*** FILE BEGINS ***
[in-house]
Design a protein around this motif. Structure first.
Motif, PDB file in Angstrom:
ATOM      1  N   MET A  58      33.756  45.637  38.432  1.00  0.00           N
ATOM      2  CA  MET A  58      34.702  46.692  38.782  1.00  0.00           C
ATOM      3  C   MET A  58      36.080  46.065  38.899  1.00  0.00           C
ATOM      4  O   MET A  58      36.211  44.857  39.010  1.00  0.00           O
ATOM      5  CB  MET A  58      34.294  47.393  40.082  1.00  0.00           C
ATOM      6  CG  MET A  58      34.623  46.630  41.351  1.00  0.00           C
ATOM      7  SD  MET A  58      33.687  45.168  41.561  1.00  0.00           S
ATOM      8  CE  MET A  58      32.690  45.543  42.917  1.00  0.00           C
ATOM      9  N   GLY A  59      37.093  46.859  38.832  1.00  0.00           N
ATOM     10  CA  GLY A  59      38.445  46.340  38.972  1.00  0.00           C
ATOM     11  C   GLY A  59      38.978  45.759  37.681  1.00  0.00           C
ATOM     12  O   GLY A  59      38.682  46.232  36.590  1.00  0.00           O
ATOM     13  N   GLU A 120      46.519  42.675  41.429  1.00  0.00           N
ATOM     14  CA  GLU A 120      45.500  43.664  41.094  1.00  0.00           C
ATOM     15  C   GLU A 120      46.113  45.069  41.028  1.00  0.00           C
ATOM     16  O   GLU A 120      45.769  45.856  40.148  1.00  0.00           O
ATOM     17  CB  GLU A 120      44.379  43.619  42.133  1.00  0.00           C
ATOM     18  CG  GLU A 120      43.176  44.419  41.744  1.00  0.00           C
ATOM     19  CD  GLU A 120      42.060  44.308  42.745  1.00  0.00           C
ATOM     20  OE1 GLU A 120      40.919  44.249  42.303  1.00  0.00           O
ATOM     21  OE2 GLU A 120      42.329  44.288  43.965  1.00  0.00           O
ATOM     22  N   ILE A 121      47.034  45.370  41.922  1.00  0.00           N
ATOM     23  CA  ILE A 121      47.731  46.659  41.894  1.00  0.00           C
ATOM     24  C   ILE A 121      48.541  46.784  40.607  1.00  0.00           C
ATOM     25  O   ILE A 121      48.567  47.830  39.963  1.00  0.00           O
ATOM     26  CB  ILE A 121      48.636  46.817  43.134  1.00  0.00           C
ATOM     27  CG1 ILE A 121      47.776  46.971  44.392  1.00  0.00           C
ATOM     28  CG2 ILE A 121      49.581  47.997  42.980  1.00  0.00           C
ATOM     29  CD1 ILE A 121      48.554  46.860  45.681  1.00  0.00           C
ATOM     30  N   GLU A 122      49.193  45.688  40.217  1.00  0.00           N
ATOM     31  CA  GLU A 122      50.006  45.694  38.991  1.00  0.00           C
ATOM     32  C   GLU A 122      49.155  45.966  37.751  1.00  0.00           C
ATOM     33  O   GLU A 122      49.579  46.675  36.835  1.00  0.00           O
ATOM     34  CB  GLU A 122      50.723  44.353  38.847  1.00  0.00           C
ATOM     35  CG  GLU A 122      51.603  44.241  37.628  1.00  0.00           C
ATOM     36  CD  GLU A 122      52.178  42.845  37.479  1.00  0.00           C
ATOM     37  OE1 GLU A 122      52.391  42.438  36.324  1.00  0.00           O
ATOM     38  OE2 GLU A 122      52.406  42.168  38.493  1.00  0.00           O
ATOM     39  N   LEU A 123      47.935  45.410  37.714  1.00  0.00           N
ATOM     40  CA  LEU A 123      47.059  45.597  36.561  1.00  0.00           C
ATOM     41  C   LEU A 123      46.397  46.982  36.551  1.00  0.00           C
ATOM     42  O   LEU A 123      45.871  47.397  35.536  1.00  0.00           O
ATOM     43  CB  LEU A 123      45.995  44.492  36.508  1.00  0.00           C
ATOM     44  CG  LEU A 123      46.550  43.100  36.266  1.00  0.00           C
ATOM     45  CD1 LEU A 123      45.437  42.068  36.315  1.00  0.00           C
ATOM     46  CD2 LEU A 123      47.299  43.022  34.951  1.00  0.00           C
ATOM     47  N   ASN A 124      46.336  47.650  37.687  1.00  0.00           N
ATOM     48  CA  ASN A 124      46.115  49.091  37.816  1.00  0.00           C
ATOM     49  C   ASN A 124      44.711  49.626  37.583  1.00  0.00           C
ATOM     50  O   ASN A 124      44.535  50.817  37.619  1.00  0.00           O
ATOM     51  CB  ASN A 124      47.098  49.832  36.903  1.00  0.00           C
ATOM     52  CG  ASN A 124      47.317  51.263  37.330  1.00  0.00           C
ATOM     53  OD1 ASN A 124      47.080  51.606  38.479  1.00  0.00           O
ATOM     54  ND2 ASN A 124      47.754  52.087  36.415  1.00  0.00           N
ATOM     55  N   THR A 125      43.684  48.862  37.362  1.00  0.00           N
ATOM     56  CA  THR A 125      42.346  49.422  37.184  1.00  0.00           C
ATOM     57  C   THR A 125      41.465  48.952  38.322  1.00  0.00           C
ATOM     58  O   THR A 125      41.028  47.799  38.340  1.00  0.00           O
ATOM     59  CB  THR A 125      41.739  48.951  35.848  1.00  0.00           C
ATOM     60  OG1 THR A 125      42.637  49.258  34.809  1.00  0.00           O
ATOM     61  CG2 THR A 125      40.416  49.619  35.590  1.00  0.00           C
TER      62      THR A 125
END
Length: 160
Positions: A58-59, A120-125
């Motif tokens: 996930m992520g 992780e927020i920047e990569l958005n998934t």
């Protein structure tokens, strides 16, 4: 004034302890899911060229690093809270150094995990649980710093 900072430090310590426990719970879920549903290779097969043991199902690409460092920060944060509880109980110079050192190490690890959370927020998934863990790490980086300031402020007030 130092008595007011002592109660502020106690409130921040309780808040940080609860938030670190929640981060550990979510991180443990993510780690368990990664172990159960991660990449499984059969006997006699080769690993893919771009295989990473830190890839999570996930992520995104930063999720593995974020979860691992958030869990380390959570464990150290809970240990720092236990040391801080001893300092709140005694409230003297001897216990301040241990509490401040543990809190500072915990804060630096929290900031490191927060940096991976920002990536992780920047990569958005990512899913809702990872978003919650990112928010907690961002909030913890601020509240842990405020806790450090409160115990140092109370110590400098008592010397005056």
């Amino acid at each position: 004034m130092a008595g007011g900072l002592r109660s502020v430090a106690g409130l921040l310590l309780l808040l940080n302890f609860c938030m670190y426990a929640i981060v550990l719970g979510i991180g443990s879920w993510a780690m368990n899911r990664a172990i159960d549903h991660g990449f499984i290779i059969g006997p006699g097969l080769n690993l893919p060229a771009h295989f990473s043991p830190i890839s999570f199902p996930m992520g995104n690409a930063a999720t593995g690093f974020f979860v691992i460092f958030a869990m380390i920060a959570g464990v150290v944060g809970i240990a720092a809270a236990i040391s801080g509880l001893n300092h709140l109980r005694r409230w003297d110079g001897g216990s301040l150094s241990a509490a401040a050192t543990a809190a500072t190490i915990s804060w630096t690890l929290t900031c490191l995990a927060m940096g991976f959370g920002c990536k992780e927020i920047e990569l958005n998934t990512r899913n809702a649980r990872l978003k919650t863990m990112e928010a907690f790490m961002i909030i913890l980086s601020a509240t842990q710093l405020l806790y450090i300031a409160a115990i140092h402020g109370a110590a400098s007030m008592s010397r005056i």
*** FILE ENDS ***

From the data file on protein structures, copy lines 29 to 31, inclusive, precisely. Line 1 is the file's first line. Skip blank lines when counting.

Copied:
ATOM     26  CB  ILE A 121      48.636  46.817  43.134  1.00  0.00           C
ATOM     27  CG1 ILE A 121      47.776  46.971  44.392  1.00  0.00           C
ATOM     28  CG2 ILE A 121      49.581  47.997  42.980  1.00  0.00           C